IISER Pune
INDIAN INSTITUTE OF SCIENCE EDUCATION AND RESEARCH (IISER) PUNE
where tomorrow’s science begins today
An Autonomous Institution, Ministry of Human Resource Development, Govt. of India
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Seminars and Colloquia

Biology

Curvature remodelling of cell membranes and its implications in cellular biophysics 
 
Tue, Mar 14, 2017,   03:00 PM to 04:00 PM at Seminar Room 34, 2nd Floor, Main Building

Dr. Ramakrishnan Natesan
Department of Bioengineering, University of Pennsylvania

Emerging experimental evidences are pointing to the role of the cell membrane as a signalosome, i.e., a unit that governs cell function through soft signals originating from subtle/drastic modulations in the membrane curvature. In this context, understanding the various mechanisms that regulate cell membrane curvature is essential to build models to understand mechanotransduction. In this talk, I will present a multiscale theoretical/computational perspective, using three specific problems, to demonstrate how membrane curvature is induced at multiple length scales and what are its implications on the process of specific adhesion?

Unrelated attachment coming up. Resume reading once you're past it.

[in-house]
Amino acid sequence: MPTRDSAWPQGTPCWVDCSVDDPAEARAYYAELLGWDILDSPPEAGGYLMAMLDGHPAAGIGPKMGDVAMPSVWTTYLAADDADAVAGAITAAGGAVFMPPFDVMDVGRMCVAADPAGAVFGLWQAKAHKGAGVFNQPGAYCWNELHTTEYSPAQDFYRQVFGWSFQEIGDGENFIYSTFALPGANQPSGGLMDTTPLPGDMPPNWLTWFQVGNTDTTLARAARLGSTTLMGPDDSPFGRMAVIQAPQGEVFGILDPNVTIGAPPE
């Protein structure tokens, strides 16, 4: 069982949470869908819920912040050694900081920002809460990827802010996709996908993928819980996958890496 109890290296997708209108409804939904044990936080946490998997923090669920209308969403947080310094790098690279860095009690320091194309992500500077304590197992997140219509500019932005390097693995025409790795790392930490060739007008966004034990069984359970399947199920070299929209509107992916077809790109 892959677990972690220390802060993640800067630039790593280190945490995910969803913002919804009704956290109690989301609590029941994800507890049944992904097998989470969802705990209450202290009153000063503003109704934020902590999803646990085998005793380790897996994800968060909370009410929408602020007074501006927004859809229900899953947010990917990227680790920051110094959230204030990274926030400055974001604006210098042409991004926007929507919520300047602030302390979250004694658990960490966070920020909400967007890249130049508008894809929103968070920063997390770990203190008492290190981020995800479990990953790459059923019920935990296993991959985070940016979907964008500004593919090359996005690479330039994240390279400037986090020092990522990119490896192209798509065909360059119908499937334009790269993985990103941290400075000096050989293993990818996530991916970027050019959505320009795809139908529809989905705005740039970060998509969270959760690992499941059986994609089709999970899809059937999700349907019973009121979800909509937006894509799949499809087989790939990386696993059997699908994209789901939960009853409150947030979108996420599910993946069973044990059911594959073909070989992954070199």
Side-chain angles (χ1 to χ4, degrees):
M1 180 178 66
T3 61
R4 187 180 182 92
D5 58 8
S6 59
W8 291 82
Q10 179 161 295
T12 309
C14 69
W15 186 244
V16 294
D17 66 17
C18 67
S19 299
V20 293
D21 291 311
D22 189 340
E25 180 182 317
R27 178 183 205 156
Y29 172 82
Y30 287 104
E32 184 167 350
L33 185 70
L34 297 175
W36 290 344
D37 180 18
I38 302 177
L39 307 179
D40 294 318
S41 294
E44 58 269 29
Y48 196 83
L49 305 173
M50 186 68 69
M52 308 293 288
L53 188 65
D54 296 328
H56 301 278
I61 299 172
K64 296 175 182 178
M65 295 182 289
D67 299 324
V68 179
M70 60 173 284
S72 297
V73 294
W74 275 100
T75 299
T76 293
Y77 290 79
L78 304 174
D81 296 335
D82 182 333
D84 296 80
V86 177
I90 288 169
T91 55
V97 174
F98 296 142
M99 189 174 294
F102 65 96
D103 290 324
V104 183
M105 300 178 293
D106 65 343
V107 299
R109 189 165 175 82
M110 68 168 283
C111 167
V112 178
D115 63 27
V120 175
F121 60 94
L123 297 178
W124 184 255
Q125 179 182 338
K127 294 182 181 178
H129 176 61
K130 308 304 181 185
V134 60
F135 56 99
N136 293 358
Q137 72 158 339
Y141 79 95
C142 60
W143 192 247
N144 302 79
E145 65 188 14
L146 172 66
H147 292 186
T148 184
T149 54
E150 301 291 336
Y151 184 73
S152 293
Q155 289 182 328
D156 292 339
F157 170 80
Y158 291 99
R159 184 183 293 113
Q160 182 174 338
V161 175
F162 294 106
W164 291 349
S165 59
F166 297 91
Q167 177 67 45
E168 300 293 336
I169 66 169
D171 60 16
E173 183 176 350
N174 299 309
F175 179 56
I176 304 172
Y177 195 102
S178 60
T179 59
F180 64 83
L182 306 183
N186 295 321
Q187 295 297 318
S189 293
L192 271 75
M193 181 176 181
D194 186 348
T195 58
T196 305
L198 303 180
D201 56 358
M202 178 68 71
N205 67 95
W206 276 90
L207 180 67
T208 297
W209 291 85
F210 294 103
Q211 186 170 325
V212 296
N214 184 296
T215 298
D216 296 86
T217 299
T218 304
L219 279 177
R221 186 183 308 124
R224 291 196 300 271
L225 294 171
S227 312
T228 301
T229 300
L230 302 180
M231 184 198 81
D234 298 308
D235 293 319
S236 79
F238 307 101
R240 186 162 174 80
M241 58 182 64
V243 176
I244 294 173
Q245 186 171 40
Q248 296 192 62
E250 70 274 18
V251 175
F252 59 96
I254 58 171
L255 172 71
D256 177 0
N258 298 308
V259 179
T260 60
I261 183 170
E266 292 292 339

I will first present an in silico tether pulling technique to estimate the excess area in cell membranes that are stored in the form of thermal undulations. I will demonstrate the quantitative validity of the model and also show how the various computationally predicted scaling laws may be used alongside experiments to mechanotype cells. In the second part, I will present a multiscale computational framework to quantify membrane-protein interactions, which in turn enables us to use molecular scale information to construct the thermodynamics of the system. I will demonstrate how various free energy techniques may be used to predict morphological transitions in cell membranes, and show that membrane tubulation at the mesoscale proceeds via a micellization like process. Having shown how curvature manifests at various length scales, I will next present how a nanosized particle, such as a functionalized nanocarrier or a virus, adheres to a cell surface
through multivalent specific receptor-ligand interactions. I will primarily focus on the role of the cellular mechanotype and the various configurational entropies in determining the binding affinity of the particle.

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